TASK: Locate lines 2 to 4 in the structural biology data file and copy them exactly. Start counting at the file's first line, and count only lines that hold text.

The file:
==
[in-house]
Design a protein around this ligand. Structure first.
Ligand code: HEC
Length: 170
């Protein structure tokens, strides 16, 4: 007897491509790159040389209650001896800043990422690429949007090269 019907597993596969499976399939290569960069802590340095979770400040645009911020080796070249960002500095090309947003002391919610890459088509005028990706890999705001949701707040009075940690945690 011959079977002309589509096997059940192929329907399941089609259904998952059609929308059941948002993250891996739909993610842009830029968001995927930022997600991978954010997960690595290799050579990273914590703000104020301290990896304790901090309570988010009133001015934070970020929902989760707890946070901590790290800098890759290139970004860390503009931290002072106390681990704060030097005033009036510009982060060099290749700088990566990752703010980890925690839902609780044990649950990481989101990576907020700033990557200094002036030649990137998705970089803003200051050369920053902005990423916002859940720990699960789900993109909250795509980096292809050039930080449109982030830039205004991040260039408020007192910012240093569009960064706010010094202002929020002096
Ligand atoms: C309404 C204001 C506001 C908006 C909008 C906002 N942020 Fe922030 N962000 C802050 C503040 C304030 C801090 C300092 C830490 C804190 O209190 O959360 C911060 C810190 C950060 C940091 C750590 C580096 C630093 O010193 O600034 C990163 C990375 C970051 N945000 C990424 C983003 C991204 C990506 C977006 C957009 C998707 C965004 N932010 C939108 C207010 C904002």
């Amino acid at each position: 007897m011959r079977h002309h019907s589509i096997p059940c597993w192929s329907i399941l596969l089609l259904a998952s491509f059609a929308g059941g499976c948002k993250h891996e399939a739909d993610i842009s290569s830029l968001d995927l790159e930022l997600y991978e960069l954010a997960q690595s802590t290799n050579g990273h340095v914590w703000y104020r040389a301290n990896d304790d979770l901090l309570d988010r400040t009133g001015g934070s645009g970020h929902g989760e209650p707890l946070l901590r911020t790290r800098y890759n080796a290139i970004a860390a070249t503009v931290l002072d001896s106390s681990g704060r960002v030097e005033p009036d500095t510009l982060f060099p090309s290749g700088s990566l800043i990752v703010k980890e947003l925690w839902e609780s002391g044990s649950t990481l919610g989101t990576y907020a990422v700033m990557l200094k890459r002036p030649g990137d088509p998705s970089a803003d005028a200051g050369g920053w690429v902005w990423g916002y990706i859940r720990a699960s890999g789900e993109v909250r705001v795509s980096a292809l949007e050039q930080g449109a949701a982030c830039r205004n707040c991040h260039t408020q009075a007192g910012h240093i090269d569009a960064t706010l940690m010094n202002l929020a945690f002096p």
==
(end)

Design a protein around this ligand. Structure first.
Ligand code: HEC
Length: 170